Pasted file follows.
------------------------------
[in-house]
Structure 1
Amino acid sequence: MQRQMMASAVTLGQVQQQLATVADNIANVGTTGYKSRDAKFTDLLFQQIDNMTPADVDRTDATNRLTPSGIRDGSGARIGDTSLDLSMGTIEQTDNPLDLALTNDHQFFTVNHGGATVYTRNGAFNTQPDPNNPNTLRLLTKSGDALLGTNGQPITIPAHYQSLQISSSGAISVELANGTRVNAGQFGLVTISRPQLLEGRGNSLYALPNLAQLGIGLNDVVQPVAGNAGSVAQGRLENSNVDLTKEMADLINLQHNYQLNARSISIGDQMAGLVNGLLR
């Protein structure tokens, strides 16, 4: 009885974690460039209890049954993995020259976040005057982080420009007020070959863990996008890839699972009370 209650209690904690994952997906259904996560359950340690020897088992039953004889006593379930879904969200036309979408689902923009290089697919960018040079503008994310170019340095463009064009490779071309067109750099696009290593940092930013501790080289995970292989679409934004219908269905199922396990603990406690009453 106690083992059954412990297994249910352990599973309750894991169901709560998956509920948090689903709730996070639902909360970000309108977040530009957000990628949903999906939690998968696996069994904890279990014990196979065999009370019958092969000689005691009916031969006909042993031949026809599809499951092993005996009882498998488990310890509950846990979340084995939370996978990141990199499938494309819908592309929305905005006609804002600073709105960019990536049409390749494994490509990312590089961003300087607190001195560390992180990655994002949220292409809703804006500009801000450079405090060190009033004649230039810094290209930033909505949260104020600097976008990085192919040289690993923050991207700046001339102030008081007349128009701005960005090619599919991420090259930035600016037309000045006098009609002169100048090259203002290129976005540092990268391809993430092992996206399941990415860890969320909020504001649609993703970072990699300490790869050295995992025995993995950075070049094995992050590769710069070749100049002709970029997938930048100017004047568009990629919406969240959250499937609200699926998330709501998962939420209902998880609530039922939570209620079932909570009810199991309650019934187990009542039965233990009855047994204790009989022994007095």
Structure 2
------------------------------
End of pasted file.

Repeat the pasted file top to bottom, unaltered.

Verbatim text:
[in-house]
Structure 1
Amino acid sequence: MQRQMMASAVTLGQVQQQLATVADNIANVGTTGYKSRDAKFTDLLFQQIDNMTPADVDRTDATNRLTPSGIRDGSGARIGDTSLDLSMGTIEQTDNPLDLALTNDHQFFTVNHGGATVYTRNGAFNTQPDPNNPNTLRLLTKSGDALLGTNGQPITIPAHYQSLQISSSGAISVELANGTRVNAGQFGLVTISRPQLLEGRGNSLYALPNLAQLGIGLNDVVQPVAGNAGSVAQGRLENSNVDLTKEMADLINLQHNYQLNARSISIGDQMAGLVNGLLR
């Protein structure tokens, strides 16, 4: 009885974690460039209890049954993995020259976040005057982080420009007020070959863990996008890839699972009370 209650209690904690994952997906259904996560359950340690020897088992039953004889006593379930879904969200036309979408689902923009290089697919960018040079503008994310170019340095463009064009490779071309067109750099696009290593940092930013501790080289995970292989679409934004219908269905199922396990603990406690009453 106690083992059954412990297994249910352990599973309750894991169901709560998956509920948090689903709730996070639902909360970000309108977040530009957000990628949903999906939690998968696996069994904890279990014990196979065999009370019958092969000689005691009916031969006909042993031949026809599809499951092993005996009882498998488990310890509950846990979340084995939370996978990141990199499938494309819908592309929305905005006609804002600073709105960019990536049409390749494994490509990312590089961003300087607190001195560390992180990655994002949220292409809703804006500009801000450079405090060190009033004649230039810094290209930033909505949260104020600097976008990085192919040289690993923050991207700046001339102030008081007349128009701005960005090619599919991420090259930035600016037309000045006098009609002169100048090259203002290129976005540092990268391809993430092992996206399941990415860890969320909020504001649609993703970072990699300490790869050295995992025995993995950075070049094995992050590769710069070749100049002709970029997938930048100017004047568009990629919406969240959250499937609200699926998330709501998962939420209902998880609530039922939570209620079932909570009810199991309650019934187990009542039965233990009855047994204790009989022994007095």
Structure 2